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Wednesday, 9 May 2007
Page: 132

Dr SOUTHCOTT (6:44 PM) —Since the election of the Howard government, protected zones within the Great Barrier Reef Marine Park have increased from 4½ per cent of the marine park to one-third of it, adding almost 5,000 square kilometres of protected areas. To do this required management of all the different stakeholders, considering their points of view and supporting fishermen and others who rely on the marine area for their income with a comprehensive and uncapped structural adjustment package. There is still more to be done, with a reef water quality action plan currently being implemented. In last night’s budget speech the Treasurer announced that another $14.2 million over four years from the Natural Heritage Trust would be used to comprehensively monitor and report on the water quality and ecosystem health of the Great Barrier Reef Lagoon. The aim is to address one of the biggest current threats to reef health—the run-off of sediment and other undesirable nutrients into the reef lagoons.

As I have mentioned, there are many considerations that must be made when examining the future of the reef. The Great Barrier Reef Marine Park Amendment Bill 2007 has been introduced by the Minister for the Environment and Water Resources for the purpose of amending the Great Barrier Reef Marine Park Act 1975 to include recommendations made in the 2006 review of the Great Barrier Reef Marine Park Authority. The authority was set up with specific responsibilities to protect the marine park while considering the interests that compete for how the park should be utilised. In particular, a primary function of the authority is to provide recommendations on declaring areas for inclusion in the marine park and for what uses these should be zoned. It also serves a further purpose in managing and promoting Commonwealth-state relations and assisting co-operative arrangements for the environmental management of the Great Barrier Reef region.

Some of the key amendments being introduced in this bill will serve to carefully examine the effects of any draft zoning plan through the preparation of a report on the environmental, economic and social values of the area with which the plan is concerned; increase from one month to three months the minimum amount of time for the acceptance of public comment on draft zoning plans; and repeal section 37 of the act, in response to one of the recommendations of the 2006 review. The proposed amendment to section 37 will ensure that any zoning plan cannot be amended for at least seven years and that a report on the progress of the plan must be tabled every five years. This will ensure that the benefits of zoning accrue, provide a suitable period for the ecosystem to flourish and give certainty to businesses to adapt to the requirements.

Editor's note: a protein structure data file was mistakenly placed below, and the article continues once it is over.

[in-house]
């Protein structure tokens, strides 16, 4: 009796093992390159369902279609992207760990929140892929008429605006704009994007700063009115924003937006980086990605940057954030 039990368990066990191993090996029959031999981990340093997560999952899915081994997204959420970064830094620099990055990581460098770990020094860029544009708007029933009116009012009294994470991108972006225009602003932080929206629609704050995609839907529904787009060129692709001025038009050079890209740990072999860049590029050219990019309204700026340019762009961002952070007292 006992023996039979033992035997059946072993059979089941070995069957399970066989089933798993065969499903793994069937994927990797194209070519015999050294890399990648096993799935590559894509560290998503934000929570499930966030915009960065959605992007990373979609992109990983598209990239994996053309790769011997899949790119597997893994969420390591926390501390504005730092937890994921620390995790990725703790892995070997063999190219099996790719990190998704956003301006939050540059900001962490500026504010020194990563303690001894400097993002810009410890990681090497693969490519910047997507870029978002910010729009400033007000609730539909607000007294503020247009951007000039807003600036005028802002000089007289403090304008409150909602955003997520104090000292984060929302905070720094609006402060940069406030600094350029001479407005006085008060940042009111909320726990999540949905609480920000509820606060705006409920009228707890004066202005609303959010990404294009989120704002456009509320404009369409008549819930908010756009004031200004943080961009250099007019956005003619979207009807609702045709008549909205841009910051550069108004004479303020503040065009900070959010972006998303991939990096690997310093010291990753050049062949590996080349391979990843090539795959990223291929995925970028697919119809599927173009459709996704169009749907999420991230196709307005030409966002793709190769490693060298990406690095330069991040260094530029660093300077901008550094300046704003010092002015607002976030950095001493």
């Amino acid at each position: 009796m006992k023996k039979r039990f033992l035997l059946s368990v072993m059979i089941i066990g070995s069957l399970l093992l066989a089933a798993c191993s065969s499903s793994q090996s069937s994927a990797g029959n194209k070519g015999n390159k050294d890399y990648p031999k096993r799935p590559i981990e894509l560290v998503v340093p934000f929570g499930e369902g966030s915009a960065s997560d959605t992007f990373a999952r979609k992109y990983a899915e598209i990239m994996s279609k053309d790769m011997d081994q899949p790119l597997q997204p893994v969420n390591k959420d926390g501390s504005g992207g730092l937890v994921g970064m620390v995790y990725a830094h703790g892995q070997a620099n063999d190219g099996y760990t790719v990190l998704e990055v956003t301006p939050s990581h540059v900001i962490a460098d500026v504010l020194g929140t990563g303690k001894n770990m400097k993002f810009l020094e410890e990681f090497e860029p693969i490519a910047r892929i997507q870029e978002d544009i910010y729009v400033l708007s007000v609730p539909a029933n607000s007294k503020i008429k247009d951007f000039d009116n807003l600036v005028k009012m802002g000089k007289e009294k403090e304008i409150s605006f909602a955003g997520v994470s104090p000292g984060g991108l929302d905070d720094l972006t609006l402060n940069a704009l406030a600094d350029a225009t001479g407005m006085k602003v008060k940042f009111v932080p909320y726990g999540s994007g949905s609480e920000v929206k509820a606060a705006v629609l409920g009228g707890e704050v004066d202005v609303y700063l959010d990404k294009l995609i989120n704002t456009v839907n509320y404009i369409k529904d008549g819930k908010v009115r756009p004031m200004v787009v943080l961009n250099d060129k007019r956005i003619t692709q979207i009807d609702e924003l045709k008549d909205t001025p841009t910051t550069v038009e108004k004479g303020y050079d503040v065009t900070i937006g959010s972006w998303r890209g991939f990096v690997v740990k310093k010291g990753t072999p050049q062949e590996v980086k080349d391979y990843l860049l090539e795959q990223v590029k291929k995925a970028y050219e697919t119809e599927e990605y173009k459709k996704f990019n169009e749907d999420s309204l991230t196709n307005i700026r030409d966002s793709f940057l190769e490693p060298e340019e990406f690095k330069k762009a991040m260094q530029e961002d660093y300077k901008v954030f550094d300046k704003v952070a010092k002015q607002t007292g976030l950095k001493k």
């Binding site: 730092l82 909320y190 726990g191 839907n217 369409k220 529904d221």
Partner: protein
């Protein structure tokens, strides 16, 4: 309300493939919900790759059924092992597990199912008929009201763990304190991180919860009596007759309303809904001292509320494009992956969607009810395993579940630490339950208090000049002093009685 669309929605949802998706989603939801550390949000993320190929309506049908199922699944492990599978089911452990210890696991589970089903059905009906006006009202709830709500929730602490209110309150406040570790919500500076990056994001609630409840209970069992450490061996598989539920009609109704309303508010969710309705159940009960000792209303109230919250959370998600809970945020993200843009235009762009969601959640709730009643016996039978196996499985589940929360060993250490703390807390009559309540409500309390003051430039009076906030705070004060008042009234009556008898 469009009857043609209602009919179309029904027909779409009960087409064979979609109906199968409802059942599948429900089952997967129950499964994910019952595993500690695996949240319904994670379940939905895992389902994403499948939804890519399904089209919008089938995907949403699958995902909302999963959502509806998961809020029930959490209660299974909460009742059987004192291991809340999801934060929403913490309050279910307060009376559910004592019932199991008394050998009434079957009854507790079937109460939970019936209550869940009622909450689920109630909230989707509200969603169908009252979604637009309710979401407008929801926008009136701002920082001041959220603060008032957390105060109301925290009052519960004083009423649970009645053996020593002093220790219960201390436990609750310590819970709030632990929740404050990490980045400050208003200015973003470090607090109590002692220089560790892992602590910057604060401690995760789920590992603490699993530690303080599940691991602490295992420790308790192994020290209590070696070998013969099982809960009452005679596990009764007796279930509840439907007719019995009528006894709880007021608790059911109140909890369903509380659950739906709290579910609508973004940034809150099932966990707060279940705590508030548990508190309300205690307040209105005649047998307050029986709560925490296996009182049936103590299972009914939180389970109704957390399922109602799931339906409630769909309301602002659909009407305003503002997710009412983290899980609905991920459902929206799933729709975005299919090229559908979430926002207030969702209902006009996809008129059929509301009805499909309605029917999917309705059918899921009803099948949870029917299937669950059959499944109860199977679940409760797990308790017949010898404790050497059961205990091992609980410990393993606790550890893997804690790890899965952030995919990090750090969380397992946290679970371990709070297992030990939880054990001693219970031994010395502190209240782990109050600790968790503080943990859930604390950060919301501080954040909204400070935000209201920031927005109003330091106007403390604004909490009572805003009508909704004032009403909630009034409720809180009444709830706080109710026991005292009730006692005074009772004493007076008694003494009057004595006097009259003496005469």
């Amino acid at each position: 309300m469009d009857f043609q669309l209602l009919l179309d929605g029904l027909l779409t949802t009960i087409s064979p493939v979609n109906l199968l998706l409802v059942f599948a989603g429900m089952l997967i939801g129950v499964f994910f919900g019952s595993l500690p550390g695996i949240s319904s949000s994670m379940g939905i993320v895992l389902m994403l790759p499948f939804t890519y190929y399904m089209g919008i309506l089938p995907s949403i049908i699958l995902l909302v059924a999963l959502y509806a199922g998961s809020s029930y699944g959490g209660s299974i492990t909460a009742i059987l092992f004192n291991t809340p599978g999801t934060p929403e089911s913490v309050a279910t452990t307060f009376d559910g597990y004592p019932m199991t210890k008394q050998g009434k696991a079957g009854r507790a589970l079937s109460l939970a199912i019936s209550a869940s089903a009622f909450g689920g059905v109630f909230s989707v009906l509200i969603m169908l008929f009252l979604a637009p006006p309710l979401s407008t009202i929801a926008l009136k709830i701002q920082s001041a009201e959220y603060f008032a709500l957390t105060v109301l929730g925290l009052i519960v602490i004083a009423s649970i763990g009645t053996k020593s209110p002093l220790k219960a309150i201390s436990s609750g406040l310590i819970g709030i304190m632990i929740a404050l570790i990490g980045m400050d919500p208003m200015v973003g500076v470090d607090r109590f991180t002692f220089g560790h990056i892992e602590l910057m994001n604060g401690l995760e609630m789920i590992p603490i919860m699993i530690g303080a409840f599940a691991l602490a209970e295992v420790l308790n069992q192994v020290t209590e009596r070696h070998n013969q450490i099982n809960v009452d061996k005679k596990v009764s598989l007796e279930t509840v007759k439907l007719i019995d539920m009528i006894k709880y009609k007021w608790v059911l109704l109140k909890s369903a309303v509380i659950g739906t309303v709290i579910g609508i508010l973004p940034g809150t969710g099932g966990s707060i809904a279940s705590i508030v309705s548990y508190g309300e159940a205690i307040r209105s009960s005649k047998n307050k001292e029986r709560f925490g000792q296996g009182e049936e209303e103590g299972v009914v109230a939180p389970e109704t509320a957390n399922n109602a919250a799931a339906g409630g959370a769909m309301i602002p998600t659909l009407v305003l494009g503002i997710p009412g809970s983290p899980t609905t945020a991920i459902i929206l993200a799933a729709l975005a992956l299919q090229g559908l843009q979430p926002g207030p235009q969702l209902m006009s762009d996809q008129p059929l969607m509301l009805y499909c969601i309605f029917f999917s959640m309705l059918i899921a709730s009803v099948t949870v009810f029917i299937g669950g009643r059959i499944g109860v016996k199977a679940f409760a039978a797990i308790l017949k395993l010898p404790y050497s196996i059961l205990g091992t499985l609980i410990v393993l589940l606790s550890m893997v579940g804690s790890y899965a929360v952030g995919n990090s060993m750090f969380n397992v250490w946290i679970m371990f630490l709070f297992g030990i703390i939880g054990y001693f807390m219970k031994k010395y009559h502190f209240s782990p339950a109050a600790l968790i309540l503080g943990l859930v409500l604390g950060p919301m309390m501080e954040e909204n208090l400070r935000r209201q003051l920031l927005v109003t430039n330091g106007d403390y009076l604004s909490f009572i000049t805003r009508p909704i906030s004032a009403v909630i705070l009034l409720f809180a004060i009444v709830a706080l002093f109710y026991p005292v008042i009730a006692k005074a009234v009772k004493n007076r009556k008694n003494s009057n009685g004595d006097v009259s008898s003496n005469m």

But the government is also aware that maintaining and protecting the environment is not just a local issue. The effect that coral bleaching disease is having on some of the healthiest reefs within the marine park has long been a concern for researchers. Just yesterday, researchers suggested that rising ocean temperatures may be a driver of disease outbreaks on the Great Barrier Reef. This highlights the need for broad thinking—the need to think globally in order to address a national concern. As a nation, Australia contributes only 1.46 per cent of global greenhouse gas emissions. While there is much that can be done to cut our contribution, we will achieve far more through cooperative projects with other nations in our region. One example is the Asia-Pacific partnership for clean technology and development. Another solution is the Global Initiative on Forests and Climate. The government will provide almost $200 million to look at reforestation in South-East Asia. This is an initiative that Australia is leading. The Howard government recognises that greenhouse gas emissions and climate change are serious issues which require a whole range of practical responses and cannot be properly addressed without the cooperation of our neighbours.

This government has invested billions of dollars in environmental programs and research, and the evidence shows that this is a sound investment in our nation’s future. By 2010 the greenhouse gas emissions from deforestation will be 45 per cent of their 1990 levels. Further, since 1990 more than 1.1 million hectares of new forests have been planted, with the expected result being that 21 million tonnes of carbon dioxide will be removed from the atmosphere each year by 2010. Over the last 10 years, $2 billion has been spent to combat climate change. This will see Australia being able to meet or, in fact, better the greenhouse targets set out in the Kyoto protocol, as recently outlined by the Minister for the Environment and Heritage.

Much has been made over this government’s decision not to ratify Kyoto, but our long-held view that climate change must be treated as a global challenge incorporating the world’s biggest greenhouse gas emitters has been supported by the findings of the latest report by the Intergovernmental Panel on Climate Change, which was released last Friday. The government understands the need to find a balance between environmental management and economic concerns. We have demonstrated this with our course of action to deal with climate change and with the Great Barrier Reef Marine Park Amendment Bill 2007. We have sought to implement changes recommended by the 2006 review and to ensure the responsible management and conservation of one of the world’s greatest marine parks.

The Great Barrier Reef is an Australian icon. It was listed as a World Heritage Area by the Fraser government in 1981. It contributes something like $5 billion to the tourism industry and it is a resource for all Australians. I commend the bill to the House.